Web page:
The Choirboys in the forty-years since its release has turned from comedy to outright scathing indictment of the police force. New from Kino Lorber.
You can see the pitch now. “Robert Aldrich directs M*A*S*H* with Police Officers!” Let the cash roll in. The problem is that the “boys will be boys” attitude is shocking and is what everyone fears police officers are. Forty-plus years later Aldrich’s “comedy” turns out to be something entirely unintentionally different.
The life and times of LAPD uniformed beat cops. Characters who have nicknames like Spermwhale (Charles During) and give women names like “No Balls” liter the story. The film tracks the “fun times” of these cops as they do “fun things” like force a suicidal woman to jump off a ledge, joking about illegal chokeholds, abuse sex workers, throw racial slurs at citizens, get drunk, and shoot at ducks in MacArthur Park, kill homosexuals… and on and on and on… though because these guys are laughing it’s all in fun and “boys will be boys.”
Tone-deaf doesn’t begin to explain how this film plays now. Aldrich wanted to show cops as they really are. Which he does… in as stark terms as humanly possible. But it’s this tone that it’s funny in the way that M*A*S*H* is funny with attempts at gallows humor hits a brick wall. What appears to be Aldrich trying to make some indictment of the system by way of scathing black comedy just doesn’t work.
The film has ultimately evolved into a sobering look at what cops do. There isn’t an ounce of humor to be taken here as they abuse a public, they’re to serve and protect. Unintentionally, the film feels like the most modern take on the Police Department in the era where we have begun to shine a light on the Brutality, Racism, Sexism, and Fascism in every Major Metropolitan Police Force.
In that regard, The Choirboys, is an angering, sobering look at what’s been broken for a long time.
Kino Lorber has done it again and given is a beautiful transfer for a Universal Catalog title. There is nary a scratch, blemish or fleck of dust. The transfer is razor sharp with beautiful color reproduction and a tempered grain structure. The disc looks like an archival film print in the best way. Though if one is familiar with the “Universal Look of the 1970s”, The Choirboys fits that mold perfect.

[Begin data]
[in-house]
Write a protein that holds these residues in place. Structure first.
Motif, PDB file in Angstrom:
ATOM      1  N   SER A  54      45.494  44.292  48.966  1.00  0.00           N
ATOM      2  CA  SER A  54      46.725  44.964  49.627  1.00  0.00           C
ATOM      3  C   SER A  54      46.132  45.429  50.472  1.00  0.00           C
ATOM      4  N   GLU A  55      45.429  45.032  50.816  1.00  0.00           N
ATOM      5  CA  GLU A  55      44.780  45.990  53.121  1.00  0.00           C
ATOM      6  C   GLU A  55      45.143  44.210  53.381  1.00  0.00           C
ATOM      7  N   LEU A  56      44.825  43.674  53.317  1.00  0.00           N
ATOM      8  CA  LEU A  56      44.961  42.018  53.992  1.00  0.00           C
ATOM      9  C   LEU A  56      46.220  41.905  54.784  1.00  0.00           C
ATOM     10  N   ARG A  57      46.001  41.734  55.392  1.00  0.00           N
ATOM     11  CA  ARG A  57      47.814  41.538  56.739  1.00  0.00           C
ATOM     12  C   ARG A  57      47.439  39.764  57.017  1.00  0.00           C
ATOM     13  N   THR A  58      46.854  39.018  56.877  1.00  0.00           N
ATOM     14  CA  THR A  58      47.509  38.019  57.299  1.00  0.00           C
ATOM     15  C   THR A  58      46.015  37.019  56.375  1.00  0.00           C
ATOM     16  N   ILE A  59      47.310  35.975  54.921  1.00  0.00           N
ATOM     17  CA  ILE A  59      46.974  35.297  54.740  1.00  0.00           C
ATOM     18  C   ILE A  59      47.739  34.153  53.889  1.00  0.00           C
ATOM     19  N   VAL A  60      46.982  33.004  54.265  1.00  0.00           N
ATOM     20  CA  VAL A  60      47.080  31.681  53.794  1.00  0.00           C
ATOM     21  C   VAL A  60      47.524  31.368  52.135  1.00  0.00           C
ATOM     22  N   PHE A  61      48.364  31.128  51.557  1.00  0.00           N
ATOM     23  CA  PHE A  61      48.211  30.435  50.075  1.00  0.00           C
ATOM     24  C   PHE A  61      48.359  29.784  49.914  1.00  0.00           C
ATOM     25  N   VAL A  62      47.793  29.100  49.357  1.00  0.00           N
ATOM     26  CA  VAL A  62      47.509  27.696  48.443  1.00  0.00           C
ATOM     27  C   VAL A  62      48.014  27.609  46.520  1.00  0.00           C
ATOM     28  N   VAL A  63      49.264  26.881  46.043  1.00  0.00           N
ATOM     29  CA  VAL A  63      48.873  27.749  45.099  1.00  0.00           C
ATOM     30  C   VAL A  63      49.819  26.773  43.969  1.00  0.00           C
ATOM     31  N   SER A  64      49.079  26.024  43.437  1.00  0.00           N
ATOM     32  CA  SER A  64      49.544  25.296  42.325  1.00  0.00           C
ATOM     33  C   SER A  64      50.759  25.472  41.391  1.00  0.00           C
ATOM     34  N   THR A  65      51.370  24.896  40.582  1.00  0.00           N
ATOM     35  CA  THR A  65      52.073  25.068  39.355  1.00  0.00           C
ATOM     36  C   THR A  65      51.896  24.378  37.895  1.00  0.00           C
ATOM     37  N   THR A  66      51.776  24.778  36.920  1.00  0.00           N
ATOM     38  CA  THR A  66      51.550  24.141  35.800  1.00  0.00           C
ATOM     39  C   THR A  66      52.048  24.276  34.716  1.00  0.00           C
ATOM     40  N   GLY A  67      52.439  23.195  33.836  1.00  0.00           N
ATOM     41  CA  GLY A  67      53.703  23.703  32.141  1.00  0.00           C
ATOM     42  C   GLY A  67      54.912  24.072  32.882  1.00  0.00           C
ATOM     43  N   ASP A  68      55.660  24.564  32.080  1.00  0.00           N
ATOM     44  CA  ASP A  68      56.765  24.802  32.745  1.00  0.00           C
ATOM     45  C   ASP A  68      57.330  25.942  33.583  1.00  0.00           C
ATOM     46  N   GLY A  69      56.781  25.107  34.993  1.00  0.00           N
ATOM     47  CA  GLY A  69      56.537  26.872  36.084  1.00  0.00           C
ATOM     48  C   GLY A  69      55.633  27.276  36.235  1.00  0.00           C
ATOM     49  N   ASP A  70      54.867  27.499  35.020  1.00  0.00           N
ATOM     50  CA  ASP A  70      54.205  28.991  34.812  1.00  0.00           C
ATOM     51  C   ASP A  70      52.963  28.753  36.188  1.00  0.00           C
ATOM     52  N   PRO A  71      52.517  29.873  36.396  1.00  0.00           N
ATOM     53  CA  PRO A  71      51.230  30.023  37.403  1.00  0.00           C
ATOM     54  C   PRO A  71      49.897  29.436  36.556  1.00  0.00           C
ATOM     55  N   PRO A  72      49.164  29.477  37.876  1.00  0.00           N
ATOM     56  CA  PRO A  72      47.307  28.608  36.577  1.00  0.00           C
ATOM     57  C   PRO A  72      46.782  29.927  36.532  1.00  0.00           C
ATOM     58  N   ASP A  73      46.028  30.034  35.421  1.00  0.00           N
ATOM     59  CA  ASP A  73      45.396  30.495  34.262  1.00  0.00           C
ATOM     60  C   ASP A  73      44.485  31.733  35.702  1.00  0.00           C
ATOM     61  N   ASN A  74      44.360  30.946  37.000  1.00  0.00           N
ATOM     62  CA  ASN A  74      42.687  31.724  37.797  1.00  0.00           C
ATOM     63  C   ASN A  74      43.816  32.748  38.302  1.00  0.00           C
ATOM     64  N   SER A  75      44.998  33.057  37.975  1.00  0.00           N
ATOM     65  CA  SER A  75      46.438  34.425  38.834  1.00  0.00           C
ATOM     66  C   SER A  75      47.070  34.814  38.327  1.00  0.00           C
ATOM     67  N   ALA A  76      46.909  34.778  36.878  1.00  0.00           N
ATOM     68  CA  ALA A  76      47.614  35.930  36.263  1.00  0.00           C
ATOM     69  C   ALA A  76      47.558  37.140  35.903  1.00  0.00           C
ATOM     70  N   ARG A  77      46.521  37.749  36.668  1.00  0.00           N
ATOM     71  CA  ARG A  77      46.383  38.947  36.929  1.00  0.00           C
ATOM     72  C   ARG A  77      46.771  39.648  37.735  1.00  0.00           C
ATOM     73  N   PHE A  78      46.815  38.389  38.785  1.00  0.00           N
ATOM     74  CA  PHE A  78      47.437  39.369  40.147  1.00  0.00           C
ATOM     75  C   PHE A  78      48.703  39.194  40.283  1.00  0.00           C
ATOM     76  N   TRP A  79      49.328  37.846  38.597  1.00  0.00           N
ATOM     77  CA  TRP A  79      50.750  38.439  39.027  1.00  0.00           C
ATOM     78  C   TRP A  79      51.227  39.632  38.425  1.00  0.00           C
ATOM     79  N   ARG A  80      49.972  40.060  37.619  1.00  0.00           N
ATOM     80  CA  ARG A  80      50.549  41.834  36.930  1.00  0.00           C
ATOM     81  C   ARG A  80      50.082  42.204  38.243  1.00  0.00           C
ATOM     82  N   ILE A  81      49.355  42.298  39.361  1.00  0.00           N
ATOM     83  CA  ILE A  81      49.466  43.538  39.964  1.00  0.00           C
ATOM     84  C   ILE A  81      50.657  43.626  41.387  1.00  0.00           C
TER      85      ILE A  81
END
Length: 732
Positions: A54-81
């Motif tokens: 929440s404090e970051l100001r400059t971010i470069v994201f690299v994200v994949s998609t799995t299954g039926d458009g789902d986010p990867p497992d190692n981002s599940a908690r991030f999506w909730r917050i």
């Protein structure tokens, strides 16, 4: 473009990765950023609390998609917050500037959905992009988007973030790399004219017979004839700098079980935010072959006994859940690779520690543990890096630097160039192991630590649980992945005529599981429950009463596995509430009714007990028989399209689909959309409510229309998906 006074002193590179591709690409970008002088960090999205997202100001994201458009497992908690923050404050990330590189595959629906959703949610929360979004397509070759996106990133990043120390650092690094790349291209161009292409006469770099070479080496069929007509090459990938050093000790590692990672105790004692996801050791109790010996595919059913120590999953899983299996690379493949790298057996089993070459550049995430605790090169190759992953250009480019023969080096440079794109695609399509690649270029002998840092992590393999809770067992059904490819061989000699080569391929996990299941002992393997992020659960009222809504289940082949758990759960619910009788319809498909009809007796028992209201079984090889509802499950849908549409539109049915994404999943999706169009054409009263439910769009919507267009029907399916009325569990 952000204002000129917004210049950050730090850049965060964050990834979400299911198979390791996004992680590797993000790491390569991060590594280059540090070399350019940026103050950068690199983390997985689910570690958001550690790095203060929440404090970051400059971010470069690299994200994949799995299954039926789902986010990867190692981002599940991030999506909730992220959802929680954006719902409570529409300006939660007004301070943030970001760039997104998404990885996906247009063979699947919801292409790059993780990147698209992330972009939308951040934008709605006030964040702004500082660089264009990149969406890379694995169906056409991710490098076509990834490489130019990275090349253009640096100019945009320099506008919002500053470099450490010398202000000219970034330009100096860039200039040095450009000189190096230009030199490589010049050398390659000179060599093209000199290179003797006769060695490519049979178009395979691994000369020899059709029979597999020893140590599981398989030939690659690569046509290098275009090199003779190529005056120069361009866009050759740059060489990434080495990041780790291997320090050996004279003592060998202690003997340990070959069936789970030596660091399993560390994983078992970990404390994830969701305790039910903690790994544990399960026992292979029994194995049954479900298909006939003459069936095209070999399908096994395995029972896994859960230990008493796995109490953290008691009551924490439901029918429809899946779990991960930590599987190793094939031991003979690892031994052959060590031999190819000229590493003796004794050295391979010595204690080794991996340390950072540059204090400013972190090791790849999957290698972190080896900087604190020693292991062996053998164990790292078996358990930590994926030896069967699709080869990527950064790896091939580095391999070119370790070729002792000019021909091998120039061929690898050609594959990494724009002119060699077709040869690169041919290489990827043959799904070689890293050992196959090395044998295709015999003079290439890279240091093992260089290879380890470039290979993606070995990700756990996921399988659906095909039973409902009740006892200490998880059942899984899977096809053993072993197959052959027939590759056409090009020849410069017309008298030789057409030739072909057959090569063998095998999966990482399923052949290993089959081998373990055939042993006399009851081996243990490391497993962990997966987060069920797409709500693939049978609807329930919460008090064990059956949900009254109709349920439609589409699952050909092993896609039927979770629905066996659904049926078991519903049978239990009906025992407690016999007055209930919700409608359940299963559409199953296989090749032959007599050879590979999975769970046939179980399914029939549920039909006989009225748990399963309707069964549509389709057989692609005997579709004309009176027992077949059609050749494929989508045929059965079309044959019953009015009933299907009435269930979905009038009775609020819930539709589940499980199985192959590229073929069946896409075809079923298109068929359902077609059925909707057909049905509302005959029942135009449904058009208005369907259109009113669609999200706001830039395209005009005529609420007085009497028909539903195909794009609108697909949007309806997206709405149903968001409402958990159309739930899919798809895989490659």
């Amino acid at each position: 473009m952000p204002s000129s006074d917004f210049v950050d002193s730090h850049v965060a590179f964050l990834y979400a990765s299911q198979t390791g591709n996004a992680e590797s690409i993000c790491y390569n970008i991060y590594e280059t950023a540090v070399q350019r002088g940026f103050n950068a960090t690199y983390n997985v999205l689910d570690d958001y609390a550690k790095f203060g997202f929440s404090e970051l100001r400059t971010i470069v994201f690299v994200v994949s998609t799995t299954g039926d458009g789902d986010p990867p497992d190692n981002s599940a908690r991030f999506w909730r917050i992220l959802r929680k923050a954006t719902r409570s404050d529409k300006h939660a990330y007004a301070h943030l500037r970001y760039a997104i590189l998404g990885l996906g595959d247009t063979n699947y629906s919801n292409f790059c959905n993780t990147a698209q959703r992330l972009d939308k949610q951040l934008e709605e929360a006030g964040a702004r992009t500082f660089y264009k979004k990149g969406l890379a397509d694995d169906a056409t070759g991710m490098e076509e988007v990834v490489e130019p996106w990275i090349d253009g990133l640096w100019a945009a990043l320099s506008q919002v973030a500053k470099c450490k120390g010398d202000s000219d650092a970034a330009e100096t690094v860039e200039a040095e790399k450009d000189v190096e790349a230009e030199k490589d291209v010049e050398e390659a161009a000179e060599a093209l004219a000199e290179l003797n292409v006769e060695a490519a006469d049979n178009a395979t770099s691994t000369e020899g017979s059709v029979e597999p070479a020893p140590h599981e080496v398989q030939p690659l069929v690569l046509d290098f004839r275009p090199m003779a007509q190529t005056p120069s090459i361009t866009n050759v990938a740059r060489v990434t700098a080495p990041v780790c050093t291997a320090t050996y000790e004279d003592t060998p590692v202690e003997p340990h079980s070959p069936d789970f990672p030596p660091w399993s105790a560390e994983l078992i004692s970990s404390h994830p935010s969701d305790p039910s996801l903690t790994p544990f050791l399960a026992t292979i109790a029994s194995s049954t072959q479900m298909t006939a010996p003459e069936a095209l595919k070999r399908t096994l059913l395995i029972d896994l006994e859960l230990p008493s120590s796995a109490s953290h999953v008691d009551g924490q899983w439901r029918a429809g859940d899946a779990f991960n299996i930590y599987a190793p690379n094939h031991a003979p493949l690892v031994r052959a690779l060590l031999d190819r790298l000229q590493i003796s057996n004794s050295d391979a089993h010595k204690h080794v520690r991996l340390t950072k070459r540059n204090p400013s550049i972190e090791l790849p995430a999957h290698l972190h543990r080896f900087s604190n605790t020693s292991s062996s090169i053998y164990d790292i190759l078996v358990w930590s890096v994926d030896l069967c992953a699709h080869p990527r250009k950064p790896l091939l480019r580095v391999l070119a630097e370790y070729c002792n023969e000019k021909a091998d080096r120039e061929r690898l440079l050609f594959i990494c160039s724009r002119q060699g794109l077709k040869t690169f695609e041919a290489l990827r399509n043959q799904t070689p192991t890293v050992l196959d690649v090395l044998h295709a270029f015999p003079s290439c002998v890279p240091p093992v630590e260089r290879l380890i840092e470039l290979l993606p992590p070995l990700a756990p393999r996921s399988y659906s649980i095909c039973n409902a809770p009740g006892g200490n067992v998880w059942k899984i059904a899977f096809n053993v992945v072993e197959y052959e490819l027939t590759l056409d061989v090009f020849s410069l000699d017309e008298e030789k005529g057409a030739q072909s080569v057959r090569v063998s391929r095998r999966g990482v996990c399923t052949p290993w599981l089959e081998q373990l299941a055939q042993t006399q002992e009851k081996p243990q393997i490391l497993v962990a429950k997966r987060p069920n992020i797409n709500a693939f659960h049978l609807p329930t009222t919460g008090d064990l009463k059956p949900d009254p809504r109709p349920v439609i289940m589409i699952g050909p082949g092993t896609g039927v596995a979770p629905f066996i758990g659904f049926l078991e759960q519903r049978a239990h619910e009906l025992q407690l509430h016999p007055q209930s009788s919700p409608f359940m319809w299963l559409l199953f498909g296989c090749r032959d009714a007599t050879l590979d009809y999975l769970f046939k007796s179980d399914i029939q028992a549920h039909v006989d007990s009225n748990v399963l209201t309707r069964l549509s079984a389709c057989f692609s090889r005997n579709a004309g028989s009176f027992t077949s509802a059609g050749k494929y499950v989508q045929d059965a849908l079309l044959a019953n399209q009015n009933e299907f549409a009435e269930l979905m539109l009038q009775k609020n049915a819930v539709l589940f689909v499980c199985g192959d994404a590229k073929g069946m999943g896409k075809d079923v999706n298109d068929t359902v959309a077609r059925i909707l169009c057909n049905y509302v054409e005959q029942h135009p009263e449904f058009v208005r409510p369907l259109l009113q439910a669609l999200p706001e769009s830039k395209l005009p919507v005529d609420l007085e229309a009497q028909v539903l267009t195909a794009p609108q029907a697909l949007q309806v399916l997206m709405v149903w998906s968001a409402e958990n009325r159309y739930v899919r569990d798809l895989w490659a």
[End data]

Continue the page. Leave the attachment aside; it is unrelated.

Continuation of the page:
They include the following;
- Audio Commentary by Film Historians Howard S. Berger and Nathaniel Thompson
- NEW Interview with Actor Don Stroud
- Radio Spots
- Theatrical Trailer
The newly recorded commentary by historians Howard S Berger and Nathaniel Thompson is an informative one that they freely admit how offensive this film can be this time especially considering current events we are living through with Police Brutality. Details include how Aldrich came onto the project, his work with Lorimar Productions, the lack of respect for Aldrich from the cast, seeing the film during Christmas time (which it was released) during its initial run, how Berger read the book in 5th Grade, the original 4-hour rough cut, the style and tone of the piece and difficult editing the film, Aldrich’s approach to how the police were approached, the approach Waumbaugh vs Aldrich and the tension, it’s relation to the Police Academy series, Aldrich’s career at this point, the changes that were made that caused Waumbaugh to sue Lorimar, and much more. Berger and Thompson do a great job on this informative track dissecting this oftentimes-troubling film.
Don Stroud Preaches to the Choir (7:41) – this all-new interview with actor Don Stroud discusses the set that doubled for MacArthur Park, being cast and actually wanting the Roscoe Rules, Working with Robert Aldrich, Aldrich re-writing the script, and his stylistic approach to the film, and much more.
Radio Spots (1:35) – the three radio spots play out against a production photograph.
Rounding out the Special Features are trailers for The Choirboys (1:49), The Laughing Policeman (3:36), Busting(2:45), Cops and Robbers (1:18), The Grissom Gang (2:17), The Onion Field (2:00)
The Final Thought
The Choirboys in 40 years has turned from dark comedy to sobering condemnation.